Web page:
Dewey Jackson Short

Last updated
Dewey Jackson Short
DeweyJacksonShort.jpg
Assistant Secretary of the Army for Civil-Military Affairs
In office
March 15, 1957 November 1958
President Dwight D. Eisenhower
Preceded by George H. Roderick
Succeeded byOffice abolished
Chairman of the House Armed Services Committee
In office
January 3, 1953 January 3, 1955
Speaker Joseph William Martin, Jr.
Preceded by Carl Vinson
Succeeded by Carl Vinson
Member of the U.S.HouseofRepresentatives
from Missouri's 7th district
In office
January 3, 1935 January 3, 1957
Preceded byDistrict inactive
Succeeded by Charles H. Brown
Member of the U.S.HouseofRepresentatives
from Missouri's 14th district
In office
March 4, 1929 March 3, 1931
Preceded by James F. Fulbright
Succeeded by James F. Fulbright
Personal details
Born(1898-04-07)April 7, 1898
Galena, Missouri
DiedNovember 19, 1979(1979-11-19) (aged 81)
Washington, DC
NationalityAmerican
Political party Republican

Dewey Jackson Short (April 7, 1898 – November 19, 1979) was a Republican U.S. Representative from Missouri's 7th congressional district for 12 terms and a staunch opponent of President Franklin Delano Roosevelt's New Deal.

Republican Party (United States) political party in the United States

The Republican Party, also referred to as the GOP, is one of the two major political parties in the United States; the other is its historic rival, the Democratic Party.

Missouris 7th congressional district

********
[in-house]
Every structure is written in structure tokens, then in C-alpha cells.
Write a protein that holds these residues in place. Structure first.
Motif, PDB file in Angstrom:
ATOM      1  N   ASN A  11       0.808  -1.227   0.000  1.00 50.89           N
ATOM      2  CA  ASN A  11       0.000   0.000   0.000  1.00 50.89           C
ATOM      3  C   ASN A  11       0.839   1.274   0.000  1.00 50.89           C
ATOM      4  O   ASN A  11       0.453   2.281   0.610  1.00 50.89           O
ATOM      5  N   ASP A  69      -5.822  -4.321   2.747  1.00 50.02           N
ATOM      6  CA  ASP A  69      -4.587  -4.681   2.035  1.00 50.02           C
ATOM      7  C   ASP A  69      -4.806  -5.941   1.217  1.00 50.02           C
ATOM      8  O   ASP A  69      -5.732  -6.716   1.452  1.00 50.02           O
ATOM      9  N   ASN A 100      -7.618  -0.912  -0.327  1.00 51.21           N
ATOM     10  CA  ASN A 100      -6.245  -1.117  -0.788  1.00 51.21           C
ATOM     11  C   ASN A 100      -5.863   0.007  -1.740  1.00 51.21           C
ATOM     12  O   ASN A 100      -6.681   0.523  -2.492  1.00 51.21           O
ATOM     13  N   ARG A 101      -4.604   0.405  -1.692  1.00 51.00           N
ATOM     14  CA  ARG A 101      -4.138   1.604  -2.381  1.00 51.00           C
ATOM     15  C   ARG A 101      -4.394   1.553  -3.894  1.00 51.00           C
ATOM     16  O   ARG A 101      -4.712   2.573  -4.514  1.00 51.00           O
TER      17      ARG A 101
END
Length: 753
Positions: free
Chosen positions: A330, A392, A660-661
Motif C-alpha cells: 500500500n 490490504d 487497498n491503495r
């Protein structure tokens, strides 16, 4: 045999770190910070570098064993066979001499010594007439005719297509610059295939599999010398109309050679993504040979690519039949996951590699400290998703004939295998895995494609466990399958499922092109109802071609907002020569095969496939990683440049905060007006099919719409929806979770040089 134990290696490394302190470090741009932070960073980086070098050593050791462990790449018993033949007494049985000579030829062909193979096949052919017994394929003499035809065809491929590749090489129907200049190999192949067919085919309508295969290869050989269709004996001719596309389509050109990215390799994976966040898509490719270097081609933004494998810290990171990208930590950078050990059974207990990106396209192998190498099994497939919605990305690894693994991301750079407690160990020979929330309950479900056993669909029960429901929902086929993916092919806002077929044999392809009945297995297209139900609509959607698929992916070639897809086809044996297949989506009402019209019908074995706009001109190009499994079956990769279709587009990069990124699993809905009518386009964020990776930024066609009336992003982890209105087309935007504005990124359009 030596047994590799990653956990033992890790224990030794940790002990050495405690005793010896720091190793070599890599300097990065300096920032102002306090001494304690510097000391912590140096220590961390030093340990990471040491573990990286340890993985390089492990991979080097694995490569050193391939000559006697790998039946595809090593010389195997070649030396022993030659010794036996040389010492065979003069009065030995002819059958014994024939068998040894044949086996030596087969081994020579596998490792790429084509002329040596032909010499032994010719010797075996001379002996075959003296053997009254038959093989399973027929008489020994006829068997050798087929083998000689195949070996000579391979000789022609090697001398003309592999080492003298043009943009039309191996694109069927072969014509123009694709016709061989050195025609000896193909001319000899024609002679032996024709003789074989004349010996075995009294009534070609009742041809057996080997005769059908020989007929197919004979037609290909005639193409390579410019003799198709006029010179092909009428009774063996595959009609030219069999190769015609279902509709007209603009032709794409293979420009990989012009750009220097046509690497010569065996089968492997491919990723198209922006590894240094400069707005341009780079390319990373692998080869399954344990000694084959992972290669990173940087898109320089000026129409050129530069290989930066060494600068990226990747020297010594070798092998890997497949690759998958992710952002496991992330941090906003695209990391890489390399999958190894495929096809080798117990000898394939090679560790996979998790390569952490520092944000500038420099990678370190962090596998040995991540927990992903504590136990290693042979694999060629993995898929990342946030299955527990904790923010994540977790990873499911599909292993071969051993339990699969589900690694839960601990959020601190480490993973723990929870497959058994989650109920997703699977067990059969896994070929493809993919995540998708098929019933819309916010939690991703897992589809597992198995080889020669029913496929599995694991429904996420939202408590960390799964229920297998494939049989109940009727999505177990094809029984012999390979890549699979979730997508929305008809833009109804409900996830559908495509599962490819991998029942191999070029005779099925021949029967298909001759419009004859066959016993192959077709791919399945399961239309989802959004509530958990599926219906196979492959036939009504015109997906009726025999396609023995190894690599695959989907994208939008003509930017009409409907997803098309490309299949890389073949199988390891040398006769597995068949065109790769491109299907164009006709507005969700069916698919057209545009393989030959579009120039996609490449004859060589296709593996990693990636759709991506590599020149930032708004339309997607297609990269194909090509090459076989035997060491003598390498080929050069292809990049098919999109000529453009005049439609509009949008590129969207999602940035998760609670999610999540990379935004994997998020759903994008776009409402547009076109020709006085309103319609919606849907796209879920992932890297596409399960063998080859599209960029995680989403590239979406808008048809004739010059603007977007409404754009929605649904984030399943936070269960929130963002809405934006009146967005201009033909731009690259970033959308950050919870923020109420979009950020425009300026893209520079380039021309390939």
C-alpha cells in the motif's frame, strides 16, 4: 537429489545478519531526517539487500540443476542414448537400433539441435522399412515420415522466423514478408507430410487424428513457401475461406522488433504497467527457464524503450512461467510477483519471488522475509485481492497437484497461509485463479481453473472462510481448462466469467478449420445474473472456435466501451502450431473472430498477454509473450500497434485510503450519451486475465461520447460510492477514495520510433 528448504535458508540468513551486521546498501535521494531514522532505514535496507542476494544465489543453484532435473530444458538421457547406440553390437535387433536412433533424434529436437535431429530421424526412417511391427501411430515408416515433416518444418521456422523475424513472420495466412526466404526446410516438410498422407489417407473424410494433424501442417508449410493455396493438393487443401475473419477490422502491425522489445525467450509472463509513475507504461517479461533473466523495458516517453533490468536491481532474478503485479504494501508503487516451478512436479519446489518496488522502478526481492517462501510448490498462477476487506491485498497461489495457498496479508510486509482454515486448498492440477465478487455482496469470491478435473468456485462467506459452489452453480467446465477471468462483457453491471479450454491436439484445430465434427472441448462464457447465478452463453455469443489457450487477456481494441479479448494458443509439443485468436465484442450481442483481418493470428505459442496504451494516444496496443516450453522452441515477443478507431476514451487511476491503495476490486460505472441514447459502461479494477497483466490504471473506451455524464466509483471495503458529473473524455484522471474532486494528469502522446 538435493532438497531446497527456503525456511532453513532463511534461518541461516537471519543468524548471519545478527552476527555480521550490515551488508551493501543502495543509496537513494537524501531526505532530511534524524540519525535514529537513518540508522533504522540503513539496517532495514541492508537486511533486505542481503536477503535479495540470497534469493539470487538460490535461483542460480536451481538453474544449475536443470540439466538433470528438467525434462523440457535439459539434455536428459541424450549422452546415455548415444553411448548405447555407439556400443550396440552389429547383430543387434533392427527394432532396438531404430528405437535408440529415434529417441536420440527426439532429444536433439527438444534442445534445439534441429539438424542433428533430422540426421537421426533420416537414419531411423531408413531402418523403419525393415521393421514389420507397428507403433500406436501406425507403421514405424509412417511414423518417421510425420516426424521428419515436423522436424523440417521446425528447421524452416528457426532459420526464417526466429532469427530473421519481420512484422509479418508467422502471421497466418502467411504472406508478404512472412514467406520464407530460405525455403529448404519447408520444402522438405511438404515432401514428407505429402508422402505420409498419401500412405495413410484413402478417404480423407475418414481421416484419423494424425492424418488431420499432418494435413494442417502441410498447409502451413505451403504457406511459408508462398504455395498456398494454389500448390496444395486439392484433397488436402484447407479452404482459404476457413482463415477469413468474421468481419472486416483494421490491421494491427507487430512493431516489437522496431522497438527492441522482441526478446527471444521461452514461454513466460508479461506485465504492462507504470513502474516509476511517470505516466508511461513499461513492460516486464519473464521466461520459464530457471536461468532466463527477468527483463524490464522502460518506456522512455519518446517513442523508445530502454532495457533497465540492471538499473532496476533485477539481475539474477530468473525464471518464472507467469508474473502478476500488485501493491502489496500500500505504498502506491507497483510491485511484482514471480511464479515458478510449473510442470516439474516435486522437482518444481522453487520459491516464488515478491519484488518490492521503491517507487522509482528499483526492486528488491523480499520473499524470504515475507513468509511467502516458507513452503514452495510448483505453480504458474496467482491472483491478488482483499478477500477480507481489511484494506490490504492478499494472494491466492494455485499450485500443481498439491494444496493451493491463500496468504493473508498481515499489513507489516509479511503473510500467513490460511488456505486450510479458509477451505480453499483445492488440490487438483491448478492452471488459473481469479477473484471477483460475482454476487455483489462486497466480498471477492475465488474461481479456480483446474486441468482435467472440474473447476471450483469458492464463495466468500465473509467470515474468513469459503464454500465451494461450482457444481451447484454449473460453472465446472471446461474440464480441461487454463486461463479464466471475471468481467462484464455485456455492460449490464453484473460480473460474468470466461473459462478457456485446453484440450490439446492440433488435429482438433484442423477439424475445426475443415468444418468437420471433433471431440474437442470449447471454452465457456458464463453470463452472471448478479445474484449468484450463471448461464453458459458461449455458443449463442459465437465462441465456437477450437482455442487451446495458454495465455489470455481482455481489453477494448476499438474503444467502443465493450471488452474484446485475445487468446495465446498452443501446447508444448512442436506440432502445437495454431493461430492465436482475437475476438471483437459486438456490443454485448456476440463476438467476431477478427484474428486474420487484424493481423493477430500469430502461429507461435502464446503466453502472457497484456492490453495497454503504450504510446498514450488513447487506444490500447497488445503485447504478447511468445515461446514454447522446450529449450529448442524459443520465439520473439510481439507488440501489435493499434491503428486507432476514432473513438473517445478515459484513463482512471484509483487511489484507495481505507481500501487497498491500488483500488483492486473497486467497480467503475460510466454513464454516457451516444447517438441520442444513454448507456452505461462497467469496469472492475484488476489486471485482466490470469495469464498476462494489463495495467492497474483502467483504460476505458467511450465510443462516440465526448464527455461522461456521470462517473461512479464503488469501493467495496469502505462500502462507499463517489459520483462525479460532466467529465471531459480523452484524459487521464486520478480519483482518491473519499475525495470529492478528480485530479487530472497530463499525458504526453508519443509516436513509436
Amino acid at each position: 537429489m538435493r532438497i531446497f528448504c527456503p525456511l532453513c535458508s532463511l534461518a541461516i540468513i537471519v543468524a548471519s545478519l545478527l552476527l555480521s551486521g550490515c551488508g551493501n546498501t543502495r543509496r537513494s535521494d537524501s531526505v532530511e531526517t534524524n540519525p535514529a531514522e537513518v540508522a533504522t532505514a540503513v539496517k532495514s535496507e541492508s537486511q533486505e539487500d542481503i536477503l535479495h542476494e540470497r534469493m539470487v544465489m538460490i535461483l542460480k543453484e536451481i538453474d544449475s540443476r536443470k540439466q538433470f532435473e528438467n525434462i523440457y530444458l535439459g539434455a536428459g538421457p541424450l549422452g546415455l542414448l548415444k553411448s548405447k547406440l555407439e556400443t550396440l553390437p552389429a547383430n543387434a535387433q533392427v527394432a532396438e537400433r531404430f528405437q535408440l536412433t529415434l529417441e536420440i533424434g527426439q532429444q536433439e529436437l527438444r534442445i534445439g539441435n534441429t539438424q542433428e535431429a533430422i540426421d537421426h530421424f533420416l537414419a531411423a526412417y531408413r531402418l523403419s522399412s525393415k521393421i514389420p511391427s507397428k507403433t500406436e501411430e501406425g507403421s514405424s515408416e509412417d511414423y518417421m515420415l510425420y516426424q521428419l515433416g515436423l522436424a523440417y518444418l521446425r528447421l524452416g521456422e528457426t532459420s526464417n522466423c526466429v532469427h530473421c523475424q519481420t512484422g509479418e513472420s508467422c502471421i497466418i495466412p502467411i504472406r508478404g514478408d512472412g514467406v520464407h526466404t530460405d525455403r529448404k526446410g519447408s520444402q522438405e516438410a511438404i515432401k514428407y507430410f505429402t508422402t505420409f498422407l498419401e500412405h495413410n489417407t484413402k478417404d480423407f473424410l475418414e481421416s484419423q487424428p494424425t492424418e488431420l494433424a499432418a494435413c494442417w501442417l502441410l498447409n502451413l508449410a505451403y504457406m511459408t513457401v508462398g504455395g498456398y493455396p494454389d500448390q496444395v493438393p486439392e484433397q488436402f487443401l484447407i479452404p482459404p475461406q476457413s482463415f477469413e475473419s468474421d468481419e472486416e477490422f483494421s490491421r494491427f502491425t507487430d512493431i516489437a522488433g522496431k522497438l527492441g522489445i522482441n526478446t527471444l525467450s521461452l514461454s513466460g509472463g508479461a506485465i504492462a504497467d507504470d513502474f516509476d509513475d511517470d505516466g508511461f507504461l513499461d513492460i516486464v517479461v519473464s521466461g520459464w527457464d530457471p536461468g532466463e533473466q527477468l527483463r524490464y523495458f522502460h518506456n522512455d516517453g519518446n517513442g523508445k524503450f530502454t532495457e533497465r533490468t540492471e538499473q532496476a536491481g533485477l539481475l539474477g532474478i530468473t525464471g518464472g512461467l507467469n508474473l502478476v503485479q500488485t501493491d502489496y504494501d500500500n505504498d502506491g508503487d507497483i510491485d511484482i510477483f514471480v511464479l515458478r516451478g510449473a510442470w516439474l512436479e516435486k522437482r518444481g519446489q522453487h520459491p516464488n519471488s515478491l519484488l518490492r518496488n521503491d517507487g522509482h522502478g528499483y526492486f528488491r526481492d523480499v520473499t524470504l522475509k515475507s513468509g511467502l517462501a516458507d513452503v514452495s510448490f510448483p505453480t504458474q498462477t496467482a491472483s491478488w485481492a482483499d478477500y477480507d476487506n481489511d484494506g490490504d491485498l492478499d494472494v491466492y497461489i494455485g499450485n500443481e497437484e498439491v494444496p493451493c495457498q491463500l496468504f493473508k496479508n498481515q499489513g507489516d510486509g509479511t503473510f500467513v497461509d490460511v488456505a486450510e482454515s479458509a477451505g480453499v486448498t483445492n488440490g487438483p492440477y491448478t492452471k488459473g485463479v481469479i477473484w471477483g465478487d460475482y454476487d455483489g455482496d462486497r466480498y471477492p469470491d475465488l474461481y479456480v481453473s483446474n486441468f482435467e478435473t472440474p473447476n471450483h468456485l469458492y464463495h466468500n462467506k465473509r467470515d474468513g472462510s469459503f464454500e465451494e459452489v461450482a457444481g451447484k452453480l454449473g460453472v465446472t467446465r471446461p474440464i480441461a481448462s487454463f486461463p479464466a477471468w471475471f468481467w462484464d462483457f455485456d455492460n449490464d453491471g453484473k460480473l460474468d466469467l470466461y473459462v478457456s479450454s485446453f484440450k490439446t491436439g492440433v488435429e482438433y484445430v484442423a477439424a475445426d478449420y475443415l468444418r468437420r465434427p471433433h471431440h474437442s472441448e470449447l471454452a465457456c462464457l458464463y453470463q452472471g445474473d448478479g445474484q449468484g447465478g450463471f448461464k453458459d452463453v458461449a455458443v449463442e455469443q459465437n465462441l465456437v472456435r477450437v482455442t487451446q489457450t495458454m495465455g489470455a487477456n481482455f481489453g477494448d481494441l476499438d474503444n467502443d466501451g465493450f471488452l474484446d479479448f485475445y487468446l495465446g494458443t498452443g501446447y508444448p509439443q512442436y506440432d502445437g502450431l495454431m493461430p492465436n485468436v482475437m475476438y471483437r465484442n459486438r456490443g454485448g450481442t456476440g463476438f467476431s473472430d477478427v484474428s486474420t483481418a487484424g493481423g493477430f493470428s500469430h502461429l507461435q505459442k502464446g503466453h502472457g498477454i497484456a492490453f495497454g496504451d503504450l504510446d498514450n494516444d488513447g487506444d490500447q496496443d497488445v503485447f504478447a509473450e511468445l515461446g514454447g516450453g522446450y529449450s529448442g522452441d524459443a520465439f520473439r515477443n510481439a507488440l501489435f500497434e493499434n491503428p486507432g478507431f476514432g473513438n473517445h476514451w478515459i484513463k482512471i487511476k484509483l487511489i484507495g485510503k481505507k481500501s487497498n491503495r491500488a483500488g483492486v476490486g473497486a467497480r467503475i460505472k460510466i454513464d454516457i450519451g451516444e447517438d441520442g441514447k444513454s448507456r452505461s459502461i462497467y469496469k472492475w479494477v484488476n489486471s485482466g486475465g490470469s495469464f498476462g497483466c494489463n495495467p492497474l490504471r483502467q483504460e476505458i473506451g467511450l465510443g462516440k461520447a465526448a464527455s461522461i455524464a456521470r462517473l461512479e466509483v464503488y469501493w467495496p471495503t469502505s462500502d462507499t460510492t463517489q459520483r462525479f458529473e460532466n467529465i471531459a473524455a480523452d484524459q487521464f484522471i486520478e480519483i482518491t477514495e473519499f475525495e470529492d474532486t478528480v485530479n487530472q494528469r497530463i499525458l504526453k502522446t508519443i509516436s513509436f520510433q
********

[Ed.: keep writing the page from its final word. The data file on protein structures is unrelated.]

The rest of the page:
Missouri's 7th congressional district consists of Southwest Missouri. The district includes Springfield, the home of Missouri State University, and the popular tourist destination city of Branson. Located along the borders of Kansas, Oklahoma, and Northwest Arkansas, the district occupies part of the Bible Belt with a strong socially conservative trend. George W. Bush defeated John Kerry here 67% to 32% in the 2004 election. Republican John McCain defeated Democrat Barack Obama 63.1% to 35.3% in the 2008 election. Republican and Former Massachusetts Governor Mitt Romney defeated Barack Obama 67.6% to 30.3% in the 2012 election. In the 2016 election, Republican Donald Trump defeated Democrat Hillary Clinton 70.4% to 24.7%. As of 2017, this district is the second most strongly Republican district in Missouri and is one of the most strongly Republican Districts in the United States.

New Deal Economic programs of U.S. president Franklin D. Roosevelt

The New Deal was a series of programs, public work projects, financial reforms, and regulations enacted by President Franklin D. Roosevelt in the United States between 1933 and 1936. It responded to needs for relief, reform, and recovery from the Great Depression. Major federal programs included the Civilian Conservation Corps (CCC), the Civil Works Administration (CWA), the Farm Security Administration (FSA), the National Industrial Recovery Act of 1933 (NIRA) and the Social Security Administration (SSA). They provided support for farmers, the unemployed, youth and the elderly. The New Deal included new constraints and safeguards on the banking industry and efforts to re-inflate the economy after prices had fallen sharply. New Deal programs included both laws passed by Congress as well as presidential executive orders during the first term of the presidency of Franklin D. Roosevelt.

Contents

Early life